Techniques of Managerial Control: Traditional and Modern Techniques
Traditional techniques refer to the techniques that have been used by business organisation for longer period of time and are still in use.
Such techniques are:
- Personal Observation
- Statistical Reports
- Breakeven Analysis
- Budgetary Control
(a) Personal Observation: This is the most traditional technique of control. It helps a manager to collect first hand information about the performance of the employees. It also creates psychological pressure on the employees to improve their performance as they are aware that they are being observed personally by the manager. However, this technique is not to be effectively used in all kinds of jobs as it is very time consuming.
(b) Statistical Reports: Statistical analysis in the form of percentages, ratios, averages etc. in different areas provides useful information regarding performance of an organisation to its managers. When such information is presented in the form of tables, graphs, charts etc., it facilitates comparison of performance with the standards laid and with previous years’ performance.
(c) Breakeven Analysis: The technique used by managers to study the relationship between sales volume, costs and profit is known as Breakeven Analysis. This technique helps the managers in estimating profits at different levels of activities. The following figure shows breakeven chart of a firm.
The point at which the total revenue and total cost curves intersect is breakeven point. The figure shows that the firm will have the breakeven point at 60,000 units of output. At this point, there is neither profit nor loss. The firm starts earning profit beyond this point.
Breakeven Point= Fixed Cost/ (Selling Price per unit- Variable cost per unit).
Through breakeven analysis, a firm can keep a check on its variable cost and can also determine the level of activity at which it can earn its profit target.
(d) Budgetary Control: Under this technique, different budgets are prepared for different operations in an organization in advance. These budgets act as standards for comparing them with actual performance and taking necessary actions for attaining organizational goals.
A budget can be defined as a quantitative statement of expected result, prepared for a future period of time. The budget should be flexible so that necessary changes, if need be, can be easily made later according to the requirements of the prevailing environment.
Modem techniques are those techniques which are very new in management world. These techniques provide various new aspects for controlling the activities of an organisation.
These techniques are as follows:
(a) Return on Investment.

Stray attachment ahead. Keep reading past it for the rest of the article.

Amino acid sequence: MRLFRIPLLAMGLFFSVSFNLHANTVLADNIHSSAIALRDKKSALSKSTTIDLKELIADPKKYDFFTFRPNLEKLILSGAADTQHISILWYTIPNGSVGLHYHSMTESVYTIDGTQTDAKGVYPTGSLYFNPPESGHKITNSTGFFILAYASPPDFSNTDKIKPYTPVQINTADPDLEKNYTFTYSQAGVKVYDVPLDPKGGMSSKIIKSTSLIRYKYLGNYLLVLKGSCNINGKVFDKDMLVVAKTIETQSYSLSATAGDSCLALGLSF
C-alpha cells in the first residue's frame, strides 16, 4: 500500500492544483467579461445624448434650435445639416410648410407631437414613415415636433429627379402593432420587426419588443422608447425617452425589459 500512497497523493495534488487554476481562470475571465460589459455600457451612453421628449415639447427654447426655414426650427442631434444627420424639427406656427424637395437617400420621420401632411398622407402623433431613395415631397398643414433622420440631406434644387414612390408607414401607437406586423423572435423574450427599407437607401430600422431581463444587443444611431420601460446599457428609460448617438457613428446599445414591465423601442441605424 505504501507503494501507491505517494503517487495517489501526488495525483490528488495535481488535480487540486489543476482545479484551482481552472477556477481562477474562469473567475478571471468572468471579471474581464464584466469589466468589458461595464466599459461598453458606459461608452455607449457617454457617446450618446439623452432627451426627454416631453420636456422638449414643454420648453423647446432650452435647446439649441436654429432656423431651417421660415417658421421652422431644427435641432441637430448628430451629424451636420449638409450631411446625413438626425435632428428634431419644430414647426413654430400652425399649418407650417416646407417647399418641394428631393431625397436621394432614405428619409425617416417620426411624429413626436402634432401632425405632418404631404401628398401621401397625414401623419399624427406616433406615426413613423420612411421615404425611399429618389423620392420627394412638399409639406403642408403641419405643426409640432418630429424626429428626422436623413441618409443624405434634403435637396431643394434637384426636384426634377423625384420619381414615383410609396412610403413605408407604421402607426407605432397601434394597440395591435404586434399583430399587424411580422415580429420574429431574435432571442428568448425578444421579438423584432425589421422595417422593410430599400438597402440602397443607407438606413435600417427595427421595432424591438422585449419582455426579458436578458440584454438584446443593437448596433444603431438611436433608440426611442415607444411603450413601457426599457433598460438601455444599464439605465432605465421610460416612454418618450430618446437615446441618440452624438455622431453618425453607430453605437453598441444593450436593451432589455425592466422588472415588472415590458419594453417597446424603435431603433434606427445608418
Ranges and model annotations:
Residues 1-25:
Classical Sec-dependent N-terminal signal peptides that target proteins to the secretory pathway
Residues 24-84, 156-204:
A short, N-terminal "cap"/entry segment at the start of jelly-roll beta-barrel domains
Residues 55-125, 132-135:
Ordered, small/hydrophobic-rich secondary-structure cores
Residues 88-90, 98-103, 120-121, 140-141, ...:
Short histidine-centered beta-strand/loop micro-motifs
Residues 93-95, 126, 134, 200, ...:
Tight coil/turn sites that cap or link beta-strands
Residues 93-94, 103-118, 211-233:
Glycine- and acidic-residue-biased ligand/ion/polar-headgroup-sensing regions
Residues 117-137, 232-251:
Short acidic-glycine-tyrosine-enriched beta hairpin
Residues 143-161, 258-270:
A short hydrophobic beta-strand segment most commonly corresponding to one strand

(b) Ratio Analysis.
(c) Responsibility Accounting.
(d) Management Audit.
(e) PERT and CPM.
(f) Management Information System.
(a) Return on Investment: Return on investment is very useful technique for determining whether the capital invested in the business has been effectively used or not for generating reasonable amount of return.
Return on Investment= (Net Income / Total Investment) X 100 Net Income before or after tax can be used for calculating ROI. Total investment includes investment in fixed Assets as well as working capital.
It acts as an effective control device in measuring and comparing the performance of different departments. It also helps departmental managers to find out the problems which adversely affect ROI.
(b) Ratio Analysis: Ratio Analysis is a technique of analyzing the financial statements of a business firm by computing different ratios.
(c) Responsibility Accounting: Under this system of accounting, various sections, departments or divisions of an organization are set up as ‘ Responsibility Centers’. Each centre has a head who is responsible for attaining the target of his centre.
(d) Management Audit: Management Audit is a process of judging the overall performance of the management of an organisation. It aims at reviewing the efficiency and effectiveness of management and improving its future performance. Its basic purpose is to identify the deficiencies in the performance of management functions. It also ensures updating of existing managerial policies.
(e) PERT and CPM: PERT (Programme Evaluation and Review Technique) and CPM (Critical Path Method) are two important techniques used in both planning and controlling. These techniques are used to compute the total expected time needed to complete a project & it can identify the bottleneck activities that have a critical effect on the project completion date. Such techniques are mainly used in areas like construction projects, aircraft manufacture, ship building etc.
The various steps involved in using these techniques are as follows:
(i) The project is first divided into various activities and then these activities are arranged in a logical sequence.
(ii) A network diagram is prepared showing the sequence of activities.
(iii) Time estimates are laid down for each activity. PERT prepares three time estimates-(1) Optimistic (shortest time) (2) Most likely time & (3) Pessimistic (longest time).In CPM, only one time estimate is prepared. Along with this, CPM also lays down the cost estimates for completing the project.
(iv) The most critical path in the network is the longest path. Longest path consists of those activities which are critical for completing the project on time; hence the name CPM.
(v) If required, necessary changes are made in the plan for completing the project on time.
(f) Management Information System (MIS): Management Information System (MIS) is a computer based information system which provides accurate, timely and up-to-date information to the managers for taking various managerial decisions. Thus, it is an important communication tool as well as an important control technique. It provides timely information to the managers so that they can take appropriate corrective measures in case of deviations from standards.